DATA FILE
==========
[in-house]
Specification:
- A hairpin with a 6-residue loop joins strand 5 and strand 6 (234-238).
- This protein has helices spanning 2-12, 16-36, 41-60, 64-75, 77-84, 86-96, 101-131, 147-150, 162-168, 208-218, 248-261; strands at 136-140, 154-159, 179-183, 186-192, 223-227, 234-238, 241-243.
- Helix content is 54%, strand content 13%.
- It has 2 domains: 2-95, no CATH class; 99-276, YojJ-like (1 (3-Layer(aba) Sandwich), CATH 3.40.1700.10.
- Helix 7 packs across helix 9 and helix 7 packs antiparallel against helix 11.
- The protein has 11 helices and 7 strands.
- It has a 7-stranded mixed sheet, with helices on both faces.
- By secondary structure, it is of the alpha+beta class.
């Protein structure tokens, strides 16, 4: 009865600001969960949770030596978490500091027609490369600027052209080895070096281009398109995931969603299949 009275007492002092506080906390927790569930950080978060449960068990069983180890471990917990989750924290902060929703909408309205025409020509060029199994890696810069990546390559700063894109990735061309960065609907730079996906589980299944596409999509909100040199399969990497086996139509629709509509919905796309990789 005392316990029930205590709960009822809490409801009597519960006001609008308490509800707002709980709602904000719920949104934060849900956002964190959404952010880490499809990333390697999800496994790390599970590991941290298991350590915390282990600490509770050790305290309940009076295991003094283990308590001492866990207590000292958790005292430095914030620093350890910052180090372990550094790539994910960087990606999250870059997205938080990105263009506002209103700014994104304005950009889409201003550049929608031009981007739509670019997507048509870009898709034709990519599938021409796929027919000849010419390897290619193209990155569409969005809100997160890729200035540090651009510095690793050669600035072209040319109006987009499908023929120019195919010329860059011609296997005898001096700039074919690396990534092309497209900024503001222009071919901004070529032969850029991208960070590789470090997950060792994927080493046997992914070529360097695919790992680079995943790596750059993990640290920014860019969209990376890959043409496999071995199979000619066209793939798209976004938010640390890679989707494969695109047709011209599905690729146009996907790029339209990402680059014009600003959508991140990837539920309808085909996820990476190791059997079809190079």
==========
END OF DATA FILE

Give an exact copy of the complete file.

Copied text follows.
[in-house]
Specification:
- A hairpin with a 6-residue loop joins strand 5 and strand 6 (234-238).
- This protein has helices spanning 2-12, 16-36, 41-60, 64-75, 77-84, 86-96, 101-131, 147-150, 162-168, 208-218, 248-261; strands at 136-140, 154-159, 179-183, 186-192, 223-227, 234-238, 241-243.
- Helix content is 54%, strand content 13%.
- It has 2 domains: 2-95, no CATH class; 99-276, YojJ-like (1 (3-Layer(aba) Sandwich), CATH 3.40.1700.10.
- Helix 7 packs across helix 9 and helix 7 packs antiparallel against helix 11.
- The protein has 11 helices and 7 strands.
- It has a 7-stranded mixed sheet, with helices on both faces.
- By secondary structure, it is of the alpha+beta class.
């Protein structure tokens, strides 16, 4: 009865600001969960949770030596978490500091027609490369600027052209080895070096281009398109995931969603299949 009275007492002092506080906390927790569930950080978060449960068990069983180890471990917990989750924290902060929703909408309205025409020509060029199994890696810069990546390559700063894109990735061309960065609907730079996906589980299944596409999509909100040199399969990497086996139509629709509509919905796309990789 005392316990029930205590709960009822809490409801009597519960006001609008308490509800707002709980709602904000719920949104934060849900956002964190959404952010880490499809990333390697999800496994790390599970590991941290298991350590915390282990600490509770050790305290309940009076295991003094283990308590001492866990207590000292958790005292430095914030620093350890910052180090372990550094790539994910960087990606999250870059997205938080990105263009506002209103700014994104304005950009889409201003550049929608031009981007739509670019997507048509870009898709034709990519599938021409796929027919000849010419390897290619193209990155569409969005809100997160890729200035540090651009510095690793050669600035072209040319109006987009499908023929120019195919010329860059011609296997005898001096700039074919690396990534092309497209900024503001222009071919901004070529032969850029991208960070590789470090997950060792994927080493046997992914070529360097695919790992680079995943790596750059993990640290920014860019969209990376890959043409496999071995199979000619066209793939798209976004938010640390890679989707494969695109047709011209599905690729146009996907790029339209990402680059014009600003959508991140990837539920309808085909996820990476190791059997079809190079």